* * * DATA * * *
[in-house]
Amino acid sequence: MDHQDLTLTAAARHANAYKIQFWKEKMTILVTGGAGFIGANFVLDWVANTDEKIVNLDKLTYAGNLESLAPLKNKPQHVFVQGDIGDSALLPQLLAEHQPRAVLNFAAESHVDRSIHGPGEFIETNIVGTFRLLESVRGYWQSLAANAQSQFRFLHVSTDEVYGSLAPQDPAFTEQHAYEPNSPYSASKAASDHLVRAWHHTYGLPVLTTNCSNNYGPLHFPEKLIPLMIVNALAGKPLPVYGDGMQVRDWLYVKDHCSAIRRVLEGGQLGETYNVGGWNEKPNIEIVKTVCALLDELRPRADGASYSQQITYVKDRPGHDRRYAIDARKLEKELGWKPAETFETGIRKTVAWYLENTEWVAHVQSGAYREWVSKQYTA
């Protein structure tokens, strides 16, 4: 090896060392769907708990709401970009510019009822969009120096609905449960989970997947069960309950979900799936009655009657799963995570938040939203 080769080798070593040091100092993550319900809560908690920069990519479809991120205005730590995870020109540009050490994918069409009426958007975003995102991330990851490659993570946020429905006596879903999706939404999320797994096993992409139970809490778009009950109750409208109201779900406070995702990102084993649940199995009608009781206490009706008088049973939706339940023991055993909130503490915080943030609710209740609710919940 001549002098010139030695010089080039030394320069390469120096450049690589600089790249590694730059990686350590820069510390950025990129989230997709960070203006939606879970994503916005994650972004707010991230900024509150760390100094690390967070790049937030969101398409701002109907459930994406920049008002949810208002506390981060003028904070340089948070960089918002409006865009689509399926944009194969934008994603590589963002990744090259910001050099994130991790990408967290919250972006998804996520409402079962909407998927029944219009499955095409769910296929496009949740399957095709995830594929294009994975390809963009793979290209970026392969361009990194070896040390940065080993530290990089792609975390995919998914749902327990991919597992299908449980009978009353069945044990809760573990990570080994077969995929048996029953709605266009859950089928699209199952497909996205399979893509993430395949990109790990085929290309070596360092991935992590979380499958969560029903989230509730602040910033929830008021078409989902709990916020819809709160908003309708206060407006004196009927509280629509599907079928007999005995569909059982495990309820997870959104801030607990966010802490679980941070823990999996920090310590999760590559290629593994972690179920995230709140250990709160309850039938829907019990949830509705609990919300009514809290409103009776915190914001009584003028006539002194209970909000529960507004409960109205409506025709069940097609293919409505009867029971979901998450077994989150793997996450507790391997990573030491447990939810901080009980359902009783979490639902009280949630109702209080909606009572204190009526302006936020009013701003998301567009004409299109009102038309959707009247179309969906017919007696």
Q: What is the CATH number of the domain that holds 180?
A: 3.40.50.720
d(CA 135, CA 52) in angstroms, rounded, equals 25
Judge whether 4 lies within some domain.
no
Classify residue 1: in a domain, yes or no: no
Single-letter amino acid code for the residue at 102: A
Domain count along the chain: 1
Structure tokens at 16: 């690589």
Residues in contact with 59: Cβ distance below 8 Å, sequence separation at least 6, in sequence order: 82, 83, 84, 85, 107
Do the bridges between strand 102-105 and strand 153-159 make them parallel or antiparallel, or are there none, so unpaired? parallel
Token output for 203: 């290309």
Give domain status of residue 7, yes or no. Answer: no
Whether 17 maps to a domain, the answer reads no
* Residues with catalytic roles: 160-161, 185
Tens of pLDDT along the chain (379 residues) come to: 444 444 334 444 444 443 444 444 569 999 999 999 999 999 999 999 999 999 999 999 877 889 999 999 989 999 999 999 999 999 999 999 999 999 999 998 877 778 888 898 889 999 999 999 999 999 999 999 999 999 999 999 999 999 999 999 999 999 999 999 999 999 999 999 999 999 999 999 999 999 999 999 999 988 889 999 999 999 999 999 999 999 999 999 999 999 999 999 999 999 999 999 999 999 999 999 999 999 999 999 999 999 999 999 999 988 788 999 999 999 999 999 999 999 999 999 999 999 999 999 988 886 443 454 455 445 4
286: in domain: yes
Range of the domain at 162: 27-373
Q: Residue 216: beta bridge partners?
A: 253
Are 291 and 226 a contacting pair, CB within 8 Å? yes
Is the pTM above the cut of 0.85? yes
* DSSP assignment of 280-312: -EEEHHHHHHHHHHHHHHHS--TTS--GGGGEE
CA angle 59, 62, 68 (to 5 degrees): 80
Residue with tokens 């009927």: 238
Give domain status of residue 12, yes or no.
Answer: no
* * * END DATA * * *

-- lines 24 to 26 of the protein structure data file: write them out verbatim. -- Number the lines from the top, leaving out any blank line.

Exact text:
Are 291 and 226 a contacting pair, CB within 8 Å? yes
Is the pTM above the cut of 0.85? yes
* DSSP assignment of 280-312: -EEEHHHHHHHHHHHHHHHS--TTS--GGGGEE